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CoFlows Tutorial 1 - Simple WebAPI in only 4 lines (C#, F#, Java, Scala, JS or Python)

This tutorial shows how to create and host a WebAPI through 4 simple terminal commands using CoFlows CE:

docker run -v $(pwd):/app/mnt coflows/ce add workflow pyflow
cd pyflow/bin/
sh query py pyapi

Let's dive into a bit more detail to explain the statement above and create our first WebAPI that prints a JSON object to the console and returns the same object with an extra property.

We will start with a description of CoFlows and then continue with how to install the pre-requisites and finish off with creating an API, managing permissions and hosting.

CoFlows CE (Community Edition) is a Containerized Polyglot Runtime that simplifies the development, hosting and deployment of powerful data-centric workflows. CoFlows enables developers to create rich Web-APIs with almost zero boiler plate and scheduled / reactive processes through a range of languages including CoreCLR (C#, F# and VB), JVM (Java and Scala), Python and Javascript. Furthermore, functions written in any of these languages can call each other within the same process with full interop.

Please make sure that you have installed docker with support for Linux containers. If not, you can download it here

Windows users must make sure that docker has support for Linux containers.

To be able to follow this tutorial step-by-step, please install Microsoft VSCode unless you have a favourite IDE. VSCode can be found here

I wrote this tutorial using MacOS meaning the syntax is identical if you are using Linux and very similar if you are using Windows.

Open VSCode and a terminal from within VSCode to see the following:

For those that are not used to working with VSCode, once you open VSCode, choose "Open Folder" and select a folder that you want to work from. Then open a terminal from the top menu. If this is confusing perhaps you should follow a quick VSCode tutorial here

Create a new workflow (CoFlows Project) called pyflow by running the following command in the terminal:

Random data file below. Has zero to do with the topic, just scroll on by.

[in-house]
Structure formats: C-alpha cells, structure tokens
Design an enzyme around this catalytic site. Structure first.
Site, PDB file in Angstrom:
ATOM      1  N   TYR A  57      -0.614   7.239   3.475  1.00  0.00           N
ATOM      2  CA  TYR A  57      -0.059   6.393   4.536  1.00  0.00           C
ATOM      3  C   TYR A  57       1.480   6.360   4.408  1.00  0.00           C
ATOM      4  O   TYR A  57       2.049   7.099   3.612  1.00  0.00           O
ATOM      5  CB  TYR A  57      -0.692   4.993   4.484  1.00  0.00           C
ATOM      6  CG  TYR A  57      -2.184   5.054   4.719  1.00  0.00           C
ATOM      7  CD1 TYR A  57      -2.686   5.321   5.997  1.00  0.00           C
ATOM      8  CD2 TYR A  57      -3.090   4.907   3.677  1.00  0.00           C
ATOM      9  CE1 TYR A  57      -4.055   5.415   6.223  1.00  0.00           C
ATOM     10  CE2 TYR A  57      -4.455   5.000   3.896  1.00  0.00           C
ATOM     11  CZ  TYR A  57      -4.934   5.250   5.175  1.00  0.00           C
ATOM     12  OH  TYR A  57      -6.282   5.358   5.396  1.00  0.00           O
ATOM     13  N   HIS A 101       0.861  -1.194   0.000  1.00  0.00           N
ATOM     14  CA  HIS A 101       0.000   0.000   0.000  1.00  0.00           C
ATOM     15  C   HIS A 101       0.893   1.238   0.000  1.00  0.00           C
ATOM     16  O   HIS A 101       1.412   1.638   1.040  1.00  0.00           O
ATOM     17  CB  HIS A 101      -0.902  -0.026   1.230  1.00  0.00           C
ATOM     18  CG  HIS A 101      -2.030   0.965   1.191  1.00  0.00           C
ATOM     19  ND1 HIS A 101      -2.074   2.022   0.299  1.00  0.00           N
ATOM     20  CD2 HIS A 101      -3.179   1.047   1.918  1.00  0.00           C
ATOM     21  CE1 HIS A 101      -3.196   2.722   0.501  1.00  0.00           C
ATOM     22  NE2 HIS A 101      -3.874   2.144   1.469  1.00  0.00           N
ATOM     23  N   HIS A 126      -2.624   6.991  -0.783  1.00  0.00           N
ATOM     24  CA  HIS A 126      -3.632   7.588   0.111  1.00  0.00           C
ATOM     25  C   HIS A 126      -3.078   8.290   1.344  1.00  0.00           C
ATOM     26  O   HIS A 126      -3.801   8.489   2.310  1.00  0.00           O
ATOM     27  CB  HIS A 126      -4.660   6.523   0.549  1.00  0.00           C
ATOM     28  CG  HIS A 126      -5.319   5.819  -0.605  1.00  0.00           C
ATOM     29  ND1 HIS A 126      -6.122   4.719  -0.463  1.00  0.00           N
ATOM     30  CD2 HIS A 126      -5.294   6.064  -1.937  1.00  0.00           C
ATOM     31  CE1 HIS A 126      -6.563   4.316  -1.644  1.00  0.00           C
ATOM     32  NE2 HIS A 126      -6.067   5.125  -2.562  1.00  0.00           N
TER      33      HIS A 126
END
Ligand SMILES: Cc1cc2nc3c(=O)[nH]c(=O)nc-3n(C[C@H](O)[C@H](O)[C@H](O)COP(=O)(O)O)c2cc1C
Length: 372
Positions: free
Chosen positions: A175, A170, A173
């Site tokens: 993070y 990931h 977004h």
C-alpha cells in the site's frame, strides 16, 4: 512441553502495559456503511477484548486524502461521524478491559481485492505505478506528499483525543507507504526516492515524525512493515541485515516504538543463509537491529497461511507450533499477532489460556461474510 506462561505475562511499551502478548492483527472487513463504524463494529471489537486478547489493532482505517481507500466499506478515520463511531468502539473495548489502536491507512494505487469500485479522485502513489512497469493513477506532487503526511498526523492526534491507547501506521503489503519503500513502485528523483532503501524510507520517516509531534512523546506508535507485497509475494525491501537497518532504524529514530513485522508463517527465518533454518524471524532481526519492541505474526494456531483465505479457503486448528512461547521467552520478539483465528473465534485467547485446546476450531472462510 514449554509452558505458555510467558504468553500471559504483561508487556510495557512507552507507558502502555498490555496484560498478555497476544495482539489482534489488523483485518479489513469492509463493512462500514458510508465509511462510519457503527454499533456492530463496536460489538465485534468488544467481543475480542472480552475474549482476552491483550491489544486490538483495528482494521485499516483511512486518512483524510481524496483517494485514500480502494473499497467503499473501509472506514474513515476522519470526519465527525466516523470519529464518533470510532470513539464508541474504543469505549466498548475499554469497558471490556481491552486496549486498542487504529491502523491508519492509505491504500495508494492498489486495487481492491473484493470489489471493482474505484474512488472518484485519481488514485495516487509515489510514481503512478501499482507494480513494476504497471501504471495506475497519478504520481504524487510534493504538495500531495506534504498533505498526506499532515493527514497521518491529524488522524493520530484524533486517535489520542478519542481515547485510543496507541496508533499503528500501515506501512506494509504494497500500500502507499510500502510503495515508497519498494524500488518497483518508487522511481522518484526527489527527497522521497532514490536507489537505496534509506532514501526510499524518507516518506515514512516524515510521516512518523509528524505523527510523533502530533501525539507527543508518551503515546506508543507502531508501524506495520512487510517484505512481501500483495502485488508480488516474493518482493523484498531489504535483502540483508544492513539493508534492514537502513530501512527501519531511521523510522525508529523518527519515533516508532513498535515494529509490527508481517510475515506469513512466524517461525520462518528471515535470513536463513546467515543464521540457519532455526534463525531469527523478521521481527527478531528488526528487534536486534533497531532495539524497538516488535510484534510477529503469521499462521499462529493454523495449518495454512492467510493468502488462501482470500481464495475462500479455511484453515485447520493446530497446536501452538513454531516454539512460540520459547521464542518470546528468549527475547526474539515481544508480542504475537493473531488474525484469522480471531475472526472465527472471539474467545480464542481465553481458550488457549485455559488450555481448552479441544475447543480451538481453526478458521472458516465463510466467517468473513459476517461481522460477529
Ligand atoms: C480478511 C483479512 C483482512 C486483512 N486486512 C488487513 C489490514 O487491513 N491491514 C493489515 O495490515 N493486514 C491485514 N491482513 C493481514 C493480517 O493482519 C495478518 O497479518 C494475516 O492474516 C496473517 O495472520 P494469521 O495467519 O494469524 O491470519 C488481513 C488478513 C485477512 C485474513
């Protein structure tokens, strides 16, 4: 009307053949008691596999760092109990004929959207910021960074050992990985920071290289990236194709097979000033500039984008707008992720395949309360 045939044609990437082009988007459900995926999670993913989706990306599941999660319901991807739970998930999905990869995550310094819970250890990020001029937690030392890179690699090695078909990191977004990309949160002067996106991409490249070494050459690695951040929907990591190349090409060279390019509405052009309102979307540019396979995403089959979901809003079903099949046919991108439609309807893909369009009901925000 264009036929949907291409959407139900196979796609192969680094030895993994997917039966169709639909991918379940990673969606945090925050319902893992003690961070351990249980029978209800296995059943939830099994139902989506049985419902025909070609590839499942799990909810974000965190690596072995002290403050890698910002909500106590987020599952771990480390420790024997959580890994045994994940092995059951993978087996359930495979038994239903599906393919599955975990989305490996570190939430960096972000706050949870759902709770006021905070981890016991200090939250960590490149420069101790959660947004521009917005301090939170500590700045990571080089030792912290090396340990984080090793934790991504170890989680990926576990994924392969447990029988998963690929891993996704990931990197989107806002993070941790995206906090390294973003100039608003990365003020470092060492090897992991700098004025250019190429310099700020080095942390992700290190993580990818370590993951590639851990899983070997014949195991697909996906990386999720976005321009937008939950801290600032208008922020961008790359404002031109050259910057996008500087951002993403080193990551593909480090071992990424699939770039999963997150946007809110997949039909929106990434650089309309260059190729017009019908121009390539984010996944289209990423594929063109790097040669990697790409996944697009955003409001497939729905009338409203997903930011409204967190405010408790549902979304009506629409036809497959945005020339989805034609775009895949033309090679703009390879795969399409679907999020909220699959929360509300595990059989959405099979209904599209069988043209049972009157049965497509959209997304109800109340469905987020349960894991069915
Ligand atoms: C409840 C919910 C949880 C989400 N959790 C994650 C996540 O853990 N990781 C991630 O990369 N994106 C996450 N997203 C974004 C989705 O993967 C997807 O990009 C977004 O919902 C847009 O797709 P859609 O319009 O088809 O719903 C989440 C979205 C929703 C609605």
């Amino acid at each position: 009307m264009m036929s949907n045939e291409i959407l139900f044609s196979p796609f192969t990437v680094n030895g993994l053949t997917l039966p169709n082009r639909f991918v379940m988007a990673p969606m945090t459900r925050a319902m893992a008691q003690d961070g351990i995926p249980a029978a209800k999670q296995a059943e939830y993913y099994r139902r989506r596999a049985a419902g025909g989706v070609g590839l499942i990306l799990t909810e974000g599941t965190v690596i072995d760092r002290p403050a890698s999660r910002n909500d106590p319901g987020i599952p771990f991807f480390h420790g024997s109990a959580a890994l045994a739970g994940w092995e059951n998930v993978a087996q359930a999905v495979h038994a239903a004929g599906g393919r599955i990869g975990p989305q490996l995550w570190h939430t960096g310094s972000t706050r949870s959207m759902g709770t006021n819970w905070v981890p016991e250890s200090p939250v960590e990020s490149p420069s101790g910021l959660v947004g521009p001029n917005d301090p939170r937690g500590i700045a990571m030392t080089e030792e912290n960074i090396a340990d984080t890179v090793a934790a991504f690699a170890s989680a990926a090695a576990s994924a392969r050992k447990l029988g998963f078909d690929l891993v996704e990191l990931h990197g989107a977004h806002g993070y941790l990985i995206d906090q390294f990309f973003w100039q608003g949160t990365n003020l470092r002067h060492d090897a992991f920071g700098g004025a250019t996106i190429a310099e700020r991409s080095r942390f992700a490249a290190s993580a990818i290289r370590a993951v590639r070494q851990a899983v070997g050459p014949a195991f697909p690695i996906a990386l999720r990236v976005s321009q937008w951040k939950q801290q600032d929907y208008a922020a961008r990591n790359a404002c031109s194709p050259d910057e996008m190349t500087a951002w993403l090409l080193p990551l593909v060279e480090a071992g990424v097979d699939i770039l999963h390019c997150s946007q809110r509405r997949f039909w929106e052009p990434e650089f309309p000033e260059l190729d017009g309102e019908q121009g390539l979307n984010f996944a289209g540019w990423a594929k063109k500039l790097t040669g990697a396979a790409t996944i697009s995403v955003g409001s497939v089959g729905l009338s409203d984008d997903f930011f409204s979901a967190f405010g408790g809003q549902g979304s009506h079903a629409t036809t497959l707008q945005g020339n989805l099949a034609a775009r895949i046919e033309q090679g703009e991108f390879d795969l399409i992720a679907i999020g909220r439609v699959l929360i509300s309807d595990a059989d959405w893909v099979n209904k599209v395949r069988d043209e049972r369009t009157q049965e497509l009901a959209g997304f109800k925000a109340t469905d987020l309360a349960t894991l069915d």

docker run -v $(pwd):/app/mnt coflows/ce add workflow pyflow  

A folder is then created with the necessary file structure for CoFlows CE to work:

This file structure contains the necessary configuration files and scripts that make interacting with CoFlows CE very easy. Enter the bin folder which is where the helper scripts are located in order to start adding functionality to the new pyflow workflow

cd pyflow/bin/

The bin folder contains a variety of scripts to build, deploy, host and run the CoFlows functionality. To add a new WebAPI, we must create a Query which in the context of CoFlows is a collection of functions that are automatically exposed as WebAPIs. Queries also define permissions and generate OpenAPI specs. A Query can be thought of as a Controller in an MVC context but Queries have much richer features.

sh query py pyapi

if you are using windows you the following command instead

cd bat #placing you in pyflow/bin/bat
add.bat query py pyapi

Alternatively, we could have created a Query in any of the supported languages using

sh query (cs, fs, py, java, scala, js, vb) {name of query}

The result is a new sub folder called Queries with a new python file called

Here is where the magic happens. The file defines the CoFlows Query which contains all the functions and meta code to manage permissions and generate the OpenAPI spec.

The initial section defines the description used to generate the OpenAPI spec. These parameters should be changed to fit your custom code.

### <info version="1.0.100">
###     <title>Python Query Test API</title>
###     <description>Python Query API with samples for permissions, documentation and function definitions</description>
###     <termsOfService url=""/>
###     <contact name="Arturo Rodriguez" url="" email=""/>
###     <license name="Apache 2.0" url=""/>
### </info>

Each function also has meta code used to generate the OpenAPI spec and define permissions. One of the functions in this example Adds two numbers:

### <api name="Add">
###     <description>Function that adds two numbers</description>
###     <returns>returns an integer</returns>
###     <param name="x" type="integer">First number</param>
###     <param name="y" type="integer">Second number</param>
###     <permissions>
###         <group id="$WID$" permission="read"/>
###     </permissions>
### </api>
def Add(x, y):
    return int(x) + int(y)

When creating this code on your end, you will notice that $WID$ is exchanged for an actual GUID which is a random ID that can look something like this "9a7adf48-183f-4d44-8ab2-c0afd1610c71".

The declaration of the permissions is done in the snippet below:

###     <permissions>
###         <group id="$WID$" permission="read"/>
###     </permissions>

This section declares that a user must be a member of group $WID$ and at least have a permission of type Read. It is possible to add multiple groups and assign different permissions to each group. User's are deemd to have access if they are part of a group and at least have the specified permission in this group.